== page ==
Monday, 6 August 2012

Langenhoe & Little Birch

Both of these churches, St Andrew & St Mary respectively, are ruins, are on private land and proved too elusive for me to find.

Langenhoe - Morant ( History of Essex , vol. I, p.417) gives the dedication as the Virgin Mary or St. Andrew, and the latter has often been repeated in later writings without clear justification. At the time when former building was extensively damaged by earthquake on 22 April, 1884 the dedication to St. Andrew was in general use. The church was rebuilt on the same site and by 1900 the dedication was clearly to St. Mary and remained so until the church was demolished in 1962.

ST MARY. 1886 of old materials. Of the W tower especially much must have stood the earthquake of 1884. Diagonal buttresses, battlements and higher stair turret. The church has also some of the original C15 windows. - FONT. Perp, octagonal, with panels with flowers in quatrefoils.


ST MARY. 1850 by Teulan, but with none of the offensive features so favoured by this architect. Quite a normal aisled interior, and an exterior, ambitious, but not showy. The W front has a tall NW steeple with spire, 110 ft high. Dec tracery.
OLD ST MARY. By Birch Hall. A small Norman church now in ruins and not much looked after. W tower all in ivy. In the nave one can still recognize the plain C12 S doorway, one S window with Roman brick jambs and one much larger N window with one Roman brick jamb. ·
BIRCH HALL. Large and dignified Italianate villa, chaste and correct in the motifs; nothing debased yet. Ionic colonnade on one side, deep Ionic porch on the other. The architect is Hopper, the date c. 1845. Menaced with demolition.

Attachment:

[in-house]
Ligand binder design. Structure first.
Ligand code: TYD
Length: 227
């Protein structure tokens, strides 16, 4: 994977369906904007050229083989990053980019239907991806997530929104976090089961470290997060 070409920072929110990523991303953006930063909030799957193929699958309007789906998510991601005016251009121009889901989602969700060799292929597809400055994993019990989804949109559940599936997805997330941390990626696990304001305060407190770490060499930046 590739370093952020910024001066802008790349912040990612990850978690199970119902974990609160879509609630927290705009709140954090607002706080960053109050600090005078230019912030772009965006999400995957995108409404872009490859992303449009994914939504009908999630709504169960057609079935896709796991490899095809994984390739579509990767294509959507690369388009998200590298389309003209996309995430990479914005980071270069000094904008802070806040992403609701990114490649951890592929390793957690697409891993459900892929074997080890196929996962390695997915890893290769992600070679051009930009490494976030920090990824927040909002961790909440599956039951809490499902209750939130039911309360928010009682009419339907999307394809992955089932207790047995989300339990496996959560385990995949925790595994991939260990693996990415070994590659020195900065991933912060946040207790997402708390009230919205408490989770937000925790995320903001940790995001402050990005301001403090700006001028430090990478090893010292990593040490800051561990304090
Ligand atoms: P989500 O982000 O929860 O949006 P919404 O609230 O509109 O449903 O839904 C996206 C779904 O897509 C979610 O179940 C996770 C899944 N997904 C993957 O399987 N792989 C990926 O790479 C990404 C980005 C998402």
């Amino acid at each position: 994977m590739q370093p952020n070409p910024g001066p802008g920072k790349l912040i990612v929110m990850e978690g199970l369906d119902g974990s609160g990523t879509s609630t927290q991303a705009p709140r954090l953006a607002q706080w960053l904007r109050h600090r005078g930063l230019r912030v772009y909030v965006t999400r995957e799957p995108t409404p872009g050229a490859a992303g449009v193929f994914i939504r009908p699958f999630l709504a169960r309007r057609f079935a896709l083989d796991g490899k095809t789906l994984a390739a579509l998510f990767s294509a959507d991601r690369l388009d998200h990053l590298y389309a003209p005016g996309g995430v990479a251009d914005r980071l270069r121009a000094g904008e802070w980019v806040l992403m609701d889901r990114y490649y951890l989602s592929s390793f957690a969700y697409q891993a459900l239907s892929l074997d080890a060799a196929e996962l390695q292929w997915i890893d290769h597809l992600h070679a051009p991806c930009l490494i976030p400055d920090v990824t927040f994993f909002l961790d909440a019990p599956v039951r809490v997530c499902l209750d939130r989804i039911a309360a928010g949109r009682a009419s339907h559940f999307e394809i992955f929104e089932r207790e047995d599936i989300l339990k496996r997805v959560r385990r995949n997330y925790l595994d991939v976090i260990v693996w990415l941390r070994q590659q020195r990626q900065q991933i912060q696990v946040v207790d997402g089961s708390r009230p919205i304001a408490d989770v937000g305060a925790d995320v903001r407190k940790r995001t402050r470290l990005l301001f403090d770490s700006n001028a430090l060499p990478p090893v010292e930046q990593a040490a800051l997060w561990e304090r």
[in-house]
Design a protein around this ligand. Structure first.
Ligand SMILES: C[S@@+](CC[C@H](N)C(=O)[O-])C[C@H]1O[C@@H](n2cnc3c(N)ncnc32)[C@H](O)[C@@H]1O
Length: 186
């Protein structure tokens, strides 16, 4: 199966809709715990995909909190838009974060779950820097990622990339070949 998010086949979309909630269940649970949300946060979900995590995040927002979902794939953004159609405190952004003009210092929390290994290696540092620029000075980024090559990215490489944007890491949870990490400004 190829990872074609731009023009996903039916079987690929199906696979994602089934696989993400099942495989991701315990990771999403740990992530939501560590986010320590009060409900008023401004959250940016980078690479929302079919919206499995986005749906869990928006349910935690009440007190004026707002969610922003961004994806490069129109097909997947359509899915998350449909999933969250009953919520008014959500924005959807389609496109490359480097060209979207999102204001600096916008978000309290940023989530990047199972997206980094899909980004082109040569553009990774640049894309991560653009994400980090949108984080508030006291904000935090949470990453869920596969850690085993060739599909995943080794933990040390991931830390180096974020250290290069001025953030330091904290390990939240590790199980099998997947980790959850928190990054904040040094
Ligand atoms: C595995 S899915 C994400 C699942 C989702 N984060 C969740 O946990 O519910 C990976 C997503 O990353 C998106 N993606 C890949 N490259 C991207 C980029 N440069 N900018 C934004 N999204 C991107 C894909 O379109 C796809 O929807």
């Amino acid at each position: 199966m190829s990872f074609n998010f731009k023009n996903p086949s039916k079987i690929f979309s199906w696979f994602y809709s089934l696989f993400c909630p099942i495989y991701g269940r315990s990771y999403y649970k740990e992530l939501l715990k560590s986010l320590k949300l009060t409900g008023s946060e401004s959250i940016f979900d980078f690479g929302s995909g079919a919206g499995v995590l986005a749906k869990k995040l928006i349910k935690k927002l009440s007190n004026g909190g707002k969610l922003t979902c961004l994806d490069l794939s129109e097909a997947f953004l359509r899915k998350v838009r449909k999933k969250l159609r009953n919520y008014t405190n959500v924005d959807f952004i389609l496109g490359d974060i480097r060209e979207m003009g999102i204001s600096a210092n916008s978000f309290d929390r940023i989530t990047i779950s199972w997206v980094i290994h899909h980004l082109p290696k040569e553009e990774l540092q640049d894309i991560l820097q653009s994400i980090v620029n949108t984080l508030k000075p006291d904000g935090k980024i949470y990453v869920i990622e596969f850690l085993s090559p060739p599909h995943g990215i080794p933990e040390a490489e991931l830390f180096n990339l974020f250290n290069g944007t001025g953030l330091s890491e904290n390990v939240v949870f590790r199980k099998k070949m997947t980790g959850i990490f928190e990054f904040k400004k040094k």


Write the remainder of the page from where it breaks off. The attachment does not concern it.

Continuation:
WINDMILL, 1/2 m. S. Post Mill in a dilapidated condition.

From British History Online:

The ruined church of ST. MARY THE VIRGIN, Little Birch, stands just north of the site of Birch Hall. The rubble-built nave, which has Roman brick dressings and pilaster but- tresses at the east angles, may be 11th-century in origin, although the windows are 12th- century and later. In the 14th century the chancel was rebuilt and the west tower added, the walling being of rubble and the tower arch of brick. About 1400 a brick chancel arch was inserted and a rood loft and stair added. In 1518 a parishioner left 3s. 4d. for repairs, and during the 16th century the upper part of the tower was rebuilt in brick and a brick stair turret added. At the Reformation there were two bells.

John Eldred of Stanway, who lived at Little Birch, and Thomasin, widow of Sir John Swinnerton, restored the church about the 1630s. The church became ruinous again and before 1682 Eldred's monument was moved to Earls Colne. Nevertheless the church was reported to be in good repair in 1684, although by 1736 it was 'in a demolished state'. In 1768 there was no roof; only the tower, which was quite high, and the walls remained.

LANGENHOE. An earthquake shook its old church to the ground, an incredible thing to come upon in this secluded place.

The new church of last century has an imposing tower, from which peep out some of the ancient gargoyles which survived. Many of the stones of doorways and windows were also used again, and the 500-year-old doors were rehung. From the old church, too, comes the font, with flowers carved on each of its eight panels; and a quaint chest and a carved chair have seen three centuries.

Very peaceful now is this place so stricken in 1884, the church rising again in the long grass of the churchyard, a group of ducks on a pond outside a farm gate breaking the silence of the fields:

Four ducks on a pond.
A grass bank beyond,
A blue sky of spring,
White clouds on the wing:
What a little thing
To remember for years,
To remember with tears!

BIRCH. Its ancient shrine, shaded by trees near the hall, has been in ruins for three centuries. It is a mere shell and a broken tower, full of years and melancholy. Perhaps the herons know it well, coming over from a score of nests at Chest Wood. The big chancel is 600 years old, and so is the broken tower, though its upper brickwork is Tudor. The nave was built by the Normans, who, here as elsewhere, made good use of the Roman bricks so plentiful round Colchester. Here they are, in the pilasters, at the corners of the walls, and in the doorway.

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